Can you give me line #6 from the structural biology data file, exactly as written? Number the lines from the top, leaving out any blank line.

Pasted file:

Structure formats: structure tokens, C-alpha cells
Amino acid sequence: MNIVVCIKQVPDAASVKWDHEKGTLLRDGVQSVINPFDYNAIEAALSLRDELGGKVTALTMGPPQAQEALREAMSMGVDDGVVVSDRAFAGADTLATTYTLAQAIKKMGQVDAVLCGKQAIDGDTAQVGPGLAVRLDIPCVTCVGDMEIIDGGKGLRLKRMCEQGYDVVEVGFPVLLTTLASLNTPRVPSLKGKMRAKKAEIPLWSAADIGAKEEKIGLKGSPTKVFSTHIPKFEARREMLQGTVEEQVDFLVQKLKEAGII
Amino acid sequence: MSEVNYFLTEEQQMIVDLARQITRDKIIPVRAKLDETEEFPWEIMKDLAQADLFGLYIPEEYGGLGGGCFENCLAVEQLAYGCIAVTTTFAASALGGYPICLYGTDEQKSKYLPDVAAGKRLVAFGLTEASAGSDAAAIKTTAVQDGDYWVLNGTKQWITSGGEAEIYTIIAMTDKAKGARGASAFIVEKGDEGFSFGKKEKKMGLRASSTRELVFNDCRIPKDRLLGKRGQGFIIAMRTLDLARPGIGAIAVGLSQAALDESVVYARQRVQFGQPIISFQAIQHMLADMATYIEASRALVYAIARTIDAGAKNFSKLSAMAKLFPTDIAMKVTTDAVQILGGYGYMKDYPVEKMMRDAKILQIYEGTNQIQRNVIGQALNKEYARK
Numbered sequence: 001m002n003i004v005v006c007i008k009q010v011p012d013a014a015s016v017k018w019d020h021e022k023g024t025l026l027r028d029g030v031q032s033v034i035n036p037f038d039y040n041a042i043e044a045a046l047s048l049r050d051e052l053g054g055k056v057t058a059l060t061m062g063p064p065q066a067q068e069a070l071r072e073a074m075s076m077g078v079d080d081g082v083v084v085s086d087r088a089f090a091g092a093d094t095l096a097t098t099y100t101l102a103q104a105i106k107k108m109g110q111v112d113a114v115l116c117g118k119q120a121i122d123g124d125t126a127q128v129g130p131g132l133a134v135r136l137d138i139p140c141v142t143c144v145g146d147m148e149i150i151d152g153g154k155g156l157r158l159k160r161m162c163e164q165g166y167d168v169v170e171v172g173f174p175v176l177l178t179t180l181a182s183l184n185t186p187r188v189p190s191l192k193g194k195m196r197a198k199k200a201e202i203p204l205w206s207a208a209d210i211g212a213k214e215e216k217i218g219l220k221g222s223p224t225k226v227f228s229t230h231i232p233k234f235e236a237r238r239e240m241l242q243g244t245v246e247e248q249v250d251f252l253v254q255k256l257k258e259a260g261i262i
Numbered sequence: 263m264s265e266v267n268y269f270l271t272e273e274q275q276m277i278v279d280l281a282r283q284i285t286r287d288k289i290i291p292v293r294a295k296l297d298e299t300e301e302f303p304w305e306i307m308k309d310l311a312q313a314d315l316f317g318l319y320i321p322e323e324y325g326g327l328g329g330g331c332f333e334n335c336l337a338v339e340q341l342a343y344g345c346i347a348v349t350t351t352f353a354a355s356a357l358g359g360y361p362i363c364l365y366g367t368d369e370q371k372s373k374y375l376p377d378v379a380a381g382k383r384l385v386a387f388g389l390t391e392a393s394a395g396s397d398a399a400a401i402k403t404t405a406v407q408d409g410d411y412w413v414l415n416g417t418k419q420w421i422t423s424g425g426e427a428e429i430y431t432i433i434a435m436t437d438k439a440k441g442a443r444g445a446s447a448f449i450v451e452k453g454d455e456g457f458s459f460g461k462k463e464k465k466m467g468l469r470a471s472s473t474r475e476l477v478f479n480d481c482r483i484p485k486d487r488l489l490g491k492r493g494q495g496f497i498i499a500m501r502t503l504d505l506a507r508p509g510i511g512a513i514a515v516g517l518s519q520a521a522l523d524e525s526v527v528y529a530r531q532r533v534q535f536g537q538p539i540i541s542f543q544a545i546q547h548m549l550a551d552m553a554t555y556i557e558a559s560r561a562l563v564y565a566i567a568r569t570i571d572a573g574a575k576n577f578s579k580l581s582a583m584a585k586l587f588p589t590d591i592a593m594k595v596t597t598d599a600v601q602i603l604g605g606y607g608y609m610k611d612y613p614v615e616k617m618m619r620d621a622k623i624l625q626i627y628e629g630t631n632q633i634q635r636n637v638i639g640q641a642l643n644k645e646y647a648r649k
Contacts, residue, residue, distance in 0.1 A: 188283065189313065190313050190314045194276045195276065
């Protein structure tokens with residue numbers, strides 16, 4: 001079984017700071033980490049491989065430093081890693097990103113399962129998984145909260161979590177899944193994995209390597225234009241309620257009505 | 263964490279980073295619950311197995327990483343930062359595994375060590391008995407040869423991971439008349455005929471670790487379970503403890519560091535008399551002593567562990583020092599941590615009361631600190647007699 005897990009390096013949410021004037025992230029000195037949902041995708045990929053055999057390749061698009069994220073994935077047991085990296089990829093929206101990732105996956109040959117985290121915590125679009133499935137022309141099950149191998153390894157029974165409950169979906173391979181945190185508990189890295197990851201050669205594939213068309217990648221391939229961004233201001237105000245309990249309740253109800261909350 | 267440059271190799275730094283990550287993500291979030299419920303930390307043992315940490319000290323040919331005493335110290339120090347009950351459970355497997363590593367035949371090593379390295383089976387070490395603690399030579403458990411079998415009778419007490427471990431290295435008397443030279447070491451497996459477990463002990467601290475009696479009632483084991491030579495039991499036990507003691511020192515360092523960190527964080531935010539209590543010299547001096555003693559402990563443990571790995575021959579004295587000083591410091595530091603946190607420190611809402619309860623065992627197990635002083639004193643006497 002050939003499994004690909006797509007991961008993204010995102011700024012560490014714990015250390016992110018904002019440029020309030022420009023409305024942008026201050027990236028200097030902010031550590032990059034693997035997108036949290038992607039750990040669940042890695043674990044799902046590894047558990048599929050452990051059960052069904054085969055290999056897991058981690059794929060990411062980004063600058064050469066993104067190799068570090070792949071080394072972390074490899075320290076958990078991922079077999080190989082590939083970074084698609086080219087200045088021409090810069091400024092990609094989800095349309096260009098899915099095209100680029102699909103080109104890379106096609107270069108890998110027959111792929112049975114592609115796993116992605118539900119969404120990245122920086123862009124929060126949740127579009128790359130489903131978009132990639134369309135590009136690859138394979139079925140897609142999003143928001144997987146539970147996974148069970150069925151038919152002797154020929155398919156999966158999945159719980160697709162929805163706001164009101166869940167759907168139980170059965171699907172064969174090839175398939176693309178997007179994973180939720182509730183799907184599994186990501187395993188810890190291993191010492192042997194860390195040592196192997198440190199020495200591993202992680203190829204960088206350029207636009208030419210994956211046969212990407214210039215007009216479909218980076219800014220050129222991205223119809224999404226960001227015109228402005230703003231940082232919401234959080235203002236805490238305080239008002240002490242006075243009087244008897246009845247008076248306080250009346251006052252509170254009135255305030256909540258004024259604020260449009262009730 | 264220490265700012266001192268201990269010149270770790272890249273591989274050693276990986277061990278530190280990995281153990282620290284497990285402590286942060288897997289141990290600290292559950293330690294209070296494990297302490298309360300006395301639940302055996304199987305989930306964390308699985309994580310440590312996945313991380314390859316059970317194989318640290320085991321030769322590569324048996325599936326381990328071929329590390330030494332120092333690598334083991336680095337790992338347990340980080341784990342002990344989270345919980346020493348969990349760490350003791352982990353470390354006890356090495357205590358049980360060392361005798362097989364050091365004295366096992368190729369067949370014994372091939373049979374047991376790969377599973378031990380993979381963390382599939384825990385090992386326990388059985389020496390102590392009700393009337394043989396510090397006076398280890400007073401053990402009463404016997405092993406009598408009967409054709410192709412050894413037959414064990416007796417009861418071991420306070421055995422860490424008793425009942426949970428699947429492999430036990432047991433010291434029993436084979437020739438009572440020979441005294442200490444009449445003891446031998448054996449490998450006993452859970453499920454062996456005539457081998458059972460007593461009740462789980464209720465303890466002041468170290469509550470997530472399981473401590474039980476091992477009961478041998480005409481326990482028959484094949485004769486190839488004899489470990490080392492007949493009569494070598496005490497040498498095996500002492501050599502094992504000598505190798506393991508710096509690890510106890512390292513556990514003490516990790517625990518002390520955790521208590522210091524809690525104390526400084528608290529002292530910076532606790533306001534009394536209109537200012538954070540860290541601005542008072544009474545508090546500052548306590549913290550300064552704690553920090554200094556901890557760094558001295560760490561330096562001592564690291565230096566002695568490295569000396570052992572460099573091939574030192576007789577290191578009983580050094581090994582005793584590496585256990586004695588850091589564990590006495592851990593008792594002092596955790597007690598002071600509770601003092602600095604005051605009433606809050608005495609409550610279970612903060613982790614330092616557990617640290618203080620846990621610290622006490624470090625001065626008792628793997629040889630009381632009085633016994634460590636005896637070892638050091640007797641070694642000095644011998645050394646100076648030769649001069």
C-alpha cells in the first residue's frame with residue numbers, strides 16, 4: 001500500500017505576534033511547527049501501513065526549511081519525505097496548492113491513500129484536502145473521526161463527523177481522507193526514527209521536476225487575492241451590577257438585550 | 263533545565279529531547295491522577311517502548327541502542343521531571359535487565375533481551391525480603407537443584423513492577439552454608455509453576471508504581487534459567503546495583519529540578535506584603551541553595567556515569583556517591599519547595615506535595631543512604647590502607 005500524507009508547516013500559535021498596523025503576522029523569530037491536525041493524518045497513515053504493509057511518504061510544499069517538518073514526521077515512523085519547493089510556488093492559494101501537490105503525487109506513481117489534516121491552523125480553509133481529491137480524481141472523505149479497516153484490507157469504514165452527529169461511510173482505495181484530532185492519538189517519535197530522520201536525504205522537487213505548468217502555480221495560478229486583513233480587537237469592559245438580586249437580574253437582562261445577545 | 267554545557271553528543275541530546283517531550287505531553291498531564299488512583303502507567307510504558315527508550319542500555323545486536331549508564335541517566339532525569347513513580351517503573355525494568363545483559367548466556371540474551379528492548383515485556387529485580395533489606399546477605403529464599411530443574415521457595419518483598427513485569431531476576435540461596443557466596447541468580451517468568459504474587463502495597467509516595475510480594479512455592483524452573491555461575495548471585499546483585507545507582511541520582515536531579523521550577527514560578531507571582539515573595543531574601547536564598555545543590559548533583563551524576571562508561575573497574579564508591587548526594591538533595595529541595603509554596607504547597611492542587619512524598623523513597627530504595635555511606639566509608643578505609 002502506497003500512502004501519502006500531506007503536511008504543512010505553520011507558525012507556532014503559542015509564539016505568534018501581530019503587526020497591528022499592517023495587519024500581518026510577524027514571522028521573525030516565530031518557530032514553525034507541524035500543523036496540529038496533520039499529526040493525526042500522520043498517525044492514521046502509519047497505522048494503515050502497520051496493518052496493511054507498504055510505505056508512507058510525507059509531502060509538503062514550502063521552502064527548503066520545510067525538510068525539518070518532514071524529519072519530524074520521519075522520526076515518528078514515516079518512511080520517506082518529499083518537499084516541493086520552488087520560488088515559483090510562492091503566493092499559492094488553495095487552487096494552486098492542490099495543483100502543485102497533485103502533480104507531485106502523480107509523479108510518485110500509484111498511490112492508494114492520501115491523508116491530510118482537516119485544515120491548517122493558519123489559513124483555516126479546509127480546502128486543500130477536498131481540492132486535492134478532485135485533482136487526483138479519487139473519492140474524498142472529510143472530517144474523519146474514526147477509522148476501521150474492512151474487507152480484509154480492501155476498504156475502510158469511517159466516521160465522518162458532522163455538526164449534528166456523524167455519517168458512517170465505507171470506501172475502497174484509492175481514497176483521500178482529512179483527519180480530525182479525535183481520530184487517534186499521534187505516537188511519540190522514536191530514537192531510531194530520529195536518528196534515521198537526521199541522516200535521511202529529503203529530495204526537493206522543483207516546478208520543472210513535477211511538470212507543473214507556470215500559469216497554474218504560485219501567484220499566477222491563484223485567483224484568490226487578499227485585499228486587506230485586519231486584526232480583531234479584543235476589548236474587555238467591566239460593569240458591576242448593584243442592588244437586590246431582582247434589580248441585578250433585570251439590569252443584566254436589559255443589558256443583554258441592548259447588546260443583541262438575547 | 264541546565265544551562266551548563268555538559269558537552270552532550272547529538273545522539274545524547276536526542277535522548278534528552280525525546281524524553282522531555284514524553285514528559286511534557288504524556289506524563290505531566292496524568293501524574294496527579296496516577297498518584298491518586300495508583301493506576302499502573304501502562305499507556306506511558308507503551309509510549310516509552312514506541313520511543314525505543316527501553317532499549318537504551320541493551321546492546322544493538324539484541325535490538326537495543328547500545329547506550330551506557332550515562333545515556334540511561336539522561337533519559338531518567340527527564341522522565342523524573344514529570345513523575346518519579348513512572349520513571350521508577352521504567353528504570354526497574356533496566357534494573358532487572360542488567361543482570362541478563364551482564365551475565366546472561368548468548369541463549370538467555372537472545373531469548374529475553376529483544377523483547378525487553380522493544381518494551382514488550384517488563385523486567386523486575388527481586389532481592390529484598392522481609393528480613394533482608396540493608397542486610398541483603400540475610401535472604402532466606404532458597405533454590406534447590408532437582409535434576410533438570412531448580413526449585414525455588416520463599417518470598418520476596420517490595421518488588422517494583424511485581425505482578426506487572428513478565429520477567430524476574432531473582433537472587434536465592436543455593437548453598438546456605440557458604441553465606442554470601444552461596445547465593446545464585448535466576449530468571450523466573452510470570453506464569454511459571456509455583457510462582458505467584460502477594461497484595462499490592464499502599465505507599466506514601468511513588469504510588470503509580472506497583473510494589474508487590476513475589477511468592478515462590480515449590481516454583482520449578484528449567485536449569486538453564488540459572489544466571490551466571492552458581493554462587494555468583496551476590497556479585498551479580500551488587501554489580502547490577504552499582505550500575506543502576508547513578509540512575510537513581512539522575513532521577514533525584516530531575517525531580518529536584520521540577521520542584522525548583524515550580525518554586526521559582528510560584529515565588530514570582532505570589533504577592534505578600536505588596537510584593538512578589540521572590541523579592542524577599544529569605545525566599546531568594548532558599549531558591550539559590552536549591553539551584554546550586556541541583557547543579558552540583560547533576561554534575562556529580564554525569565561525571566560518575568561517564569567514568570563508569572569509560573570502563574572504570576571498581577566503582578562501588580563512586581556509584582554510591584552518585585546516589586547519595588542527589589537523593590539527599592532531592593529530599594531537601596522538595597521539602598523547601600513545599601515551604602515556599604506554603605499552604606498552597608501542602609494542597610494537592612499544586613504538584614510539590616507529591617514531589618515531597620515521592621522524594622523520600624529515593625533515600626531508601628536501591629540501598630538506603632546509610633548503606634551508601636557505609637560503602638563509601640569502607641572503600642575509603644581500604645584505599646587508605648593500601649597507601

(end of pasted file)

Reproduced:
Contacts, residue, residue, distance in 0.1 A: 188283065189313065190313050190314045194276045195276065